In nearly every interview I do I am asked for my thoughts on the future of technology, particularly blockchain.
At OCC, in our role as the foundation for secure markets, we constantly are looking at related activity in the post-trade world, and we are paying close attention to what other people are doing in the world of fintech.
We also are doing our own work internally to adopt 'use cases' where we can try to see into discrete parts of our business where distributed ledger principles could be beneficial to how we and our clearing member firms interface as one of the leading systemically important clearing houses operating in today's dynamic financial markets. Any kind of large-scale chain appears to be some number of years away, but it holds a certain amount of potential value, and efficiencies will certainly be created.
Anything that has the potential to create efficiencies for market participants must be examined. We see two main forms of value creation: 1) creating new ecosystems where cost previously has been prohibitive; and 2) creating new efficiencies in current ecosystems.
There is the value of immediacy. Through blockchain you can have an instantaneous confirmation and finality to a financial transaction as well as the funding and settlement of such a transaction. In futures and options markets we have daily or even twice daily settlements of financial derivative transactions. In cash equities markets however, we still have T+3, which means that securities transactions are settled three business days following execution of orders. In non-cleared markets, settlement may take even longer. Blockchain principles, if successfully applied, could create instantaneous settlement and funding of obligations with immutable records.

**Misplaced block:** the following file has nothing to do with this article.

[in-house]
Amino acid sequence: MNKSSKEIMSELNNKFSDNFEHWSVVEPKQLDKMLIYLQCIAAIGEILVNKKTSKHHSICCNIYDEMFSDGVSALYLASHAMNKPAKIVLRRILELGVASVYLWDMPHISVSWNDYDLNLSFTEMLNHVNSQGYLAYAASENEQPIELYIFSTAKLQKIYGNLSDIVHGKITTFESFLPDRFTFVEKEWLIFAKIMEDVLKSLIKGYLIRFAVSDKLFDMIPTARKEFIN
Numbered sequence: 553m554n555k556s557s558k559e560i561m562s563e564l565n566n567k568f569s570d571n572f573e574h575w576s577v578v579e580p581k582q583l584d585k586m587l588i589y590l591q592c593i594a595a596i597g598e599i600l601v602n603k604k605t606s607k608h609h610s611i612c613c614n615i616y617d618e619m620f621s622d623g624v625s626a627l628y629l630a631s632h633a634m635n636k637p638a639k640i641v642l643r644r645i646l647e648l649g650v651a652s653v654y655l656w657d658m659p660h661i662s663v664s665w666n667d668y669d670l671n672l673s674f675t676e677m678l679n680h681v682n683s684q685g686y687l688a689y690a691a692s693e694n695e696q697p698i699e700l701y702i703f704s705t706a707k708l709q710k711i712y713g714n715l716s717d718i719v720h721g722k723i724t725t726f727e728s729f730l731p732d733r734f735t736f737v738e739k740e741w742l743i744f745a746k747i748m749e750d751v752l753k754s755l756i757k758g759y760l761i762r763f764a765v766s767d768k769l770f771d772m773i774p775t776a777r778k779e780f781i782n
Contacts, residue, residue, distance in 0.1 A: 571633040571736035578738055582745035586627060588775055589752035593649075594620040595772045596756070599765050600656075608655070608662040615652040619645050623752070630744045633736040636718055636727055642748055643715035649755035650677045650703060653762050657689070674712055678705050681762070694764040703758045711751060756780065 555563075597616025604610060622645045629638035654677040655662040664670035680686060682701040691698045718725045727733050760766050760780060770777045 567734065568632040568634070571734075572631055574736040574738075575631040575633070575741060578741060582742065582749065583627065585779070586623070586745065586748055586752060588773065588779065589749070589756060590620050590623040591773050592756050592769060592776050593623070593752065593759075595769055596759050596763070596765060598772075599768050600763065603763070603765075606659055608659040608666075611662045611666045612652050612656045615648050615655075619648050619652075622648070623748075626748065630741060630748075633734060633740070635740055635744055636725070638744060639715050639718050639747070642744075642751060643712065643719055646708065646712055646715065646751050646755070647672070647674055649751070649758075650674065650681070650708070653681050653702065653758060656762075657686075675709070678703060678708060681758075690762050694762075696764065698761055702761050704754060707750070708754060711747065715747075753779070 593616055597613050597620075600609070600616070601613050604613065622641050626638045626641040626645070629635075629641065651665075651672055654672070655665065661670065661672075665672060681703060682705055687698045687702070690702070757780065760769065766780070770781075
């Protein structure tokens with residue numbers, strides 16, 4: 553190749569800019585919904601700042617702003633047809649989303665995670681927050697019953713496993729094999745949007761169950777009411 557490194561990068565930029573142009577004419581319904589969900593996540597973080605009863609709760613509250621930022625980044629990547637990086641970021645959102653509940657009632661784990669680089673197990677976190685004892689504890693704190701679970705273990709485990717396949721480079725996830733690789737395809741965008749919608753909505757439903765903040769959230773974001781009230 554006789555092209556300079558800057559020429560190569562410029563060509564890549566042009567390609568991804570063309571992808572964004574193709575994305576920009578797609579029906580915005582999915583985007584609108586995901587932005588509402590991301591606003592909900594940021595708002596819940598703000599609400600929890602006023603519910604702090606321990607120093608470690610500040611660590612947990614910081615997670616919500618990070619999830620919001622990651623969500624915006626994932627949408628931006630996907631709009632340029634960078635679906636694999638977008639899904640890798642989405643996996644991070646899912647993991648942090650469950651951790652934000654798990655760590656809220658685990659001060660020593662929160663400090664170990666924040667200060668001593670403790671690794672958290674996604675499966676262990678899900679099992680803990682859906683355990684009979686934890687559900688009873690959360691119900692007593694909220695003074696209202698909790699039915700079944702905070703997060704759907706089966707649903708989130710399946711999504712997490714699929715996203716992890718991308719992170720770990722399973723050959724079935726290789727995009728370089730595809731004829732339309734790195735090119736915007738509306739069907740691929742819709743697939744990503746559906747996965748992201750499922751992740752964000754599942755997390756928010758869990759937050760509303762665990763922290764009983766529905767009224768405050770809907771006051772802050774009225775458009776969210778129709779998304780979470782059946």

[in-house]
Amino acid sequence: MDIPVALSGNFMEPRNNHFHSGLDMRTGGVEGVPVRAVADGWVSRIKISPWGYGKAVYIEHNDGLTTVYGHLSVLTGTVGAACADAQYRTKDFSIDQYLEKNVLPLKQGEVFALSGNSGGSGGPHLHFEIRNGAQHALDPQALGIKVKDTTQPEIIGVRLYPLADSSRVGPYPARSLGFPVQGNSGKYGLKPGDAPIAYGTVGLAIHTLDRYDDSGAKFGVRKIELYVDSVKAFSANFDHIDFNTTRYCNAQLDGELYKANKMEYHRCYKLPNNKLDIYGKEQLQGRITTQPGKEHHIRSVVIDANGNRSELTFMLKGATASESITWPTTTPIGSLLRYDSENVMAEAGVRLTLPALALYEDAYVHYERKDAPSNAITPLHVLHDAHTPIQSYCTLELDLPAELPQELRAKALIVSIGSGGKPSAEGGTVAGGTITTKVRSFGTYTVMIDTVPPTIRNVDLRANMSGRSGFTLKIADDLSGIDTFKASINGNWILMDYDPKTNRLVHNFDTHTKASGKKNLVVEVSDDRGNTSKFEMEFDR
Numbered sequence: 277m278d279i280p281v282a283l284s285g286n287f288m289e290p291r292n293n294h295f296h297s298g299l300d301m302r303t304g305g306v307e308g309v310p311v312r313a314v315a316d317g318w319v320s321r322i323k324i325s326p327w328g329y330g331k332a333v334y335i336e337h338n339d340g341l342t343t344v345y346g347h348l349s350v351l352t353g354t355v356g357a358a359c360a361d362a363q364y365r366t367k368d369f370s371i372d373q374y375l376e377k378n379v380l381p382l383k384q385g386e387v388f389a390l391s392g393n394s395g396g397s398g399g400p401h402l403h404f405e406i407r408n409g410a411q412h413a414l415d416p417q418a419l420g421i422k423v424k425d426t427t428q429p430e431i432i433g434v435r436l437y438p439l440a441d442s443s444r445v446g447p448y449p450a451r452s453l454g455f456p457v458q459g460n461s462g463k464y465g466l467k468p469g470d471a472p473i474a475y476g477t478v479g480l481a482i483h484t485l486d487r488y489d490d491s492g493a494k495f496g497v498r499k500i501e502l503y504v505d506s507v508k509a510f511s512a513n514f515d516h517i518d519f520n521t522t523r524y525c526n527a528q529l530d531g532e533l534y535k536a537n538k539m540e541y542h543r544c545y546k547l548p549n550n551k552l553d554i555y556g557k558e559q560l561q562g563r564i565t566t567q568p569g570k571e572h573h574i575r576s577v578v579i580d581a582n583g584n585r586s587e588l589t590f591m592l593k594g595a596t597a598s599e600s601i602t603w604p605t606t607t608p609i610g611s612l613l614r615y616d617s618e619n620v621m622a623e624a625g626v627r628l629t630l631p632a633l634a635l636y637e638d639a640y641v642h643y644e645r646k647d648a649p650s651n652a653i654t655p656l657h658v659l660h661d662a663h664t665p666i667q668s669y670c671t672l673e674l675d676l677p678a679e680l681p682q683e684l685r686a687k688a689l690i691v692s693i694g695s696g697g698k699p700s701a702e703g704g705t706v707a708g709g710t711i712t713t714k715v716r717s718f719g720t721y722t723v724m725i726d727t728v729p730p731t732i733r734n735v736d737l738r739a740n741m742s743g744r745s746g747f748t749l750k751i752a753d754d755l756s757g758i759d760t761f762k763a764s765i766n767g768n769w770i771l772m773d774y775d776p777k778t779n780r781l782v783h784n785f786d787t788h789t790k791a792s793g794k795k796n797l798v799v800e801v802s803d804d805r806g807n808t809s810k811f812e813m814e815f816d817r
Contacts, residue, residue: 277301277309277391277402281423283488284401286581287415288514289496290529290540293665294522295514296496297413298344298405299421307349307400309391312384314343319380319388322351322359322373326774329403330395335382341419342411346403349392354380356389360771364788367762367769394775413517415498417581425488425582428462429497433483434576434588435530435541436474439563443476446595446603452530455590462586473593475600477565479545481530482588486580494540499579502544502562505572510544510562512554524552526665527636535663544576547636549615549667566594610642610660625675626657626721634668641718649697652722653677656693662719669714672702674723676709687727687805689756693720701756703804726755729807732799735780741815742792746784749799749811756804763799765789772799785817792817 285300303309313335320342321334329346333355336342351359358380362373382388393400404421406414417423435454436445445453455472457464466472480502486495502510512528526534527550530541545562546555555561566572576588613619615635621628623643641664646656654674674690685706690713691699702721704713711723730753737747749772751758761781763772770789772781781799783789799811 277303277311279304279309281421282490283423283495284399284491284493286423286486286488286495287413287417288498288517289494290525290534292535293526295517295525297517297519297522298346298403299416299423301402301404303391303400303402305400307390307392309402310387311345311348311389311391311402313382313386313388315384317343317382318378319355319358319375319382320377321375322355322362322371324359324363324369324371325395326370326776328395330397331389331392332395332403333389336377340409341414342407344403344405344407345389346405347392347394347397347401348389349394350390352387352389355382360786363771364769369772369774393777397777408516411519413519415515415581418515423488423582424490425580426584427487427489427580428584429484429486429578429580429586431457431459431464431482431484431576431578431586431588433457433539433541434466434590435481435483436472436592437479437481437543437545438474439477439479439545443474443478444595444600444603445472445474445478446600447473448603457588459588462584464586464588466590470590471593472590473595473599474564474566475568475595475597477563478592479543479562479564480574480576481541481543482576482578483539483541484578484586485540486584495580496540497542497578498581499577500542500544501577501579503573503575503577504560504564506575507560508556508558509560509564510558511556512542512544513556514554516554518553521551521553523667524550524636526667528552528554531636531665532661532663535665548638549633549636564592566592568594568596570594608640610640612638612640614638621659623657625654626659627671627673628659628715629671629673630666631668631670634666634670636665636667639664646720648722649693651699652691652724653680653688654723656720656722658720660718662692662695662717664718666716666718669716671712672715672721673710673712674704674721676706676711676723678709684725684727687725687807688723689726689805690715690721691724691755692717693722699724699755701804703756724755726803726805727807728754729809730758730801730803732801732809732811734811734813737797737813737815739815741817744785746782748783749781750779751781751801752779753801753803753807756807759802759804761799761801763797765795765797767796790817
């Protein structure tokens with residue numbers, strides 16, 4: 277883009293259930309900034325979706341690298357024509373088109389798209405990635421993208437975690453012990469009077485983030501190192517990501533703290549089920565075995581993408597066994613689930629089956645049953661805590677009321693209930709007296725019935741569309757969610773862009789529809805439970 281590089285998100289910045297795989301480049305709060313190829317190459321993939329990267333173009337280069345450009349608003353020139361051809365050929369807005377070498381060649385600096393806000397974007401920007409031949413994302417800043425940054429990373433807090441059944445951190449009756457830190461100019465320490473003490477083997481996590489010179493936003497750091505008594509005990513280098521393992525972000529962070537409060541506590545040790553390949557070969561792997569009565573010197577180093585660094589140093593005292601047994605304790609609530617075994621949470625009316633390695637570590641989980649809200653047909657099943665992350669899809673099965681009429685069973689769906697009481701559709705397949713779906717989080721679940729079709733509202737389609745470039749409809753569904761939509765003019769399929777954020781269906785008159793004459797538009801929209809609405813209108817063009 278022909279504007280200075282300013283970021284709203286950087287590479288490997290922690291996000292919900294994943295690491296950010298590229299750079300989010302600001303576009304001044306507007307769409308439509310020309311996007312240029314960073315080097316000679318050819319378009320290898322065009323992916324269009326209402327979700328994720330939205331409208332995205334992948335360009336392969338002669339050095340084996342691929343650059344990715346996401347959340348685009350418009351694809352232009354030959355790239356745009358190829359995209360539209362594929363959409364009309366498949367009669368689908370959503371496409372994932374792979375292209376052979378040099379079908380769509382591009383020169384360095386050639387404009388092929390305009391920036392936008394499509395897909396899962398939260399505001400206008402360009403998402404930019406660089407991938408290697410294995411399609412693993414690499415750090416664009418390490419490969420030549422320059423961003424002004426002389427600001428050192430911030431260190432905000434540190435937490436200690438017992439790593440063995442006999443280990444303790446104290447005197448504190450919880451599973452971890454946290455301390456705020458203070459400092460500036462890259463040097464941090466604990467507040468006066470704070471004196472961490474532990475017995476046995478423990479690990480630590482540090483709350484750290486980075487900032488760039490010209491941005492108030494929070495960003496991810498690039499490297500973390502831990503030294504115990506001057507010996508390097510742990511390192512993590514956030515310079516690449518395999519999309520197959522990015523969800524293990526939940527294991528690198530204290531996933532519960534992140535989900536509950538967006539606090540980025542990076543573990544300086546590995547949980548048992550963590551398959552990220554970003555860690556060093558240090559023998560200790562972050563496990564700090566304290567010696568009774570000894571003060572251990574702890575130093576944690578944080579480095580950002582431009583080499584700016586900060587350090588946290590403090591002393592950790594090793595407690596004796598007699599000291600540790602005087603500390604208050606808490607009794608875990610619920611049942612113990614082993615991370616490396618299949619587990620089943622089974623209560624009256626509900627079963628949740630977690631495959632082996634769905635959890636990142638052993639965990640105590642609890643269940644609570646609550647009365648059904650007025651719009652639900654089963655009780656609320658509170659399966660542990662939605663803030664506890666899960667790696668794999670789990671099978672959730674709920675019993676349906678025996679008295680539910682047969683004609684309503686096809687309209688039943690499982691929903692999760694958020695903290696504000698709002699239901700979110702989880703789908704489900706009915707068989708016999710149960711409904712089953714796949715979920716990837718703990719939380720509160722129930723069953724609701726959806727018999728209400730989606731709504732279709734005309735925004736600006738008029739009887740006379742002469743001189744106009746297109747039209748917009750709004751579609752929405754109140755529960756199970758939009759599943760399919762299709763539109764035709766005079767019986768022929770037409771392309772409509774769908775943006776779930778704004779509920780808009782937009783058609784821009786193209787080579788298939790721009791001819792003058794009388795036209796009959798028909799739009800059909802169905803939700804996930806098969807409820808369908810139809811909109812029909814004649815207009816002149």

Today, financial markets are becoming increasingly complex, and they are wired together through many different systems. Blockchain has the potential to obviate that complexity and create an almost perfect and irrefutable record of every transaction that has occurred. And apart from efficiency gains, blockchain also has the potential to enhance regulators' understanding of complex market dynamics.
A good example would be the Flash Crash in 2010, where the futures markets had an almost instantaneous and perfectly demonstrable audit trail. However, the same could not be said for the cash equities market. Afterwards, the U.S. Securities and Exchange Commission (SEC) has invested significant resources to try and build an audit trail that would enable them to better understand what happens when such market disruptions occur. That is very expensive and very difficult to do, given our current financial infrastructure ecosystem. Over time, blockchain offers the potential to solve such problems for regulators.
One of the challenges facing this technology will be in striking a balance between innovation, security, and the current regulatory framework. Our regulatory system has been built around the existing business system and how it operates. So as blockchain or distributed ledger applications are implemented, our system of regulation will have to adapt. I am encouraged that we have forward-looking regulators at both the SEC and the U.S. Commodity Futures Trading Commission (CFTC) that already recognize the need to facilitate innovation in blockchain applications in our industry. If blockchain technology can ultimately change the way markets work, we will need a strong partnership between regulators and private sector stakeholders.
It is hard to predict how disruptive blockchain will be, but I believe it will become much more significant in financial markets and ultimately in the clearing and settlement arena. It is clear that those firms that have a relentless focus on operational efficiency will be best positioned to win with this technology. For OCC, our job is to be innovative and embrace change, so we will be looking for ways to be part of the blockchain movement, as we want to be a leader in that change.
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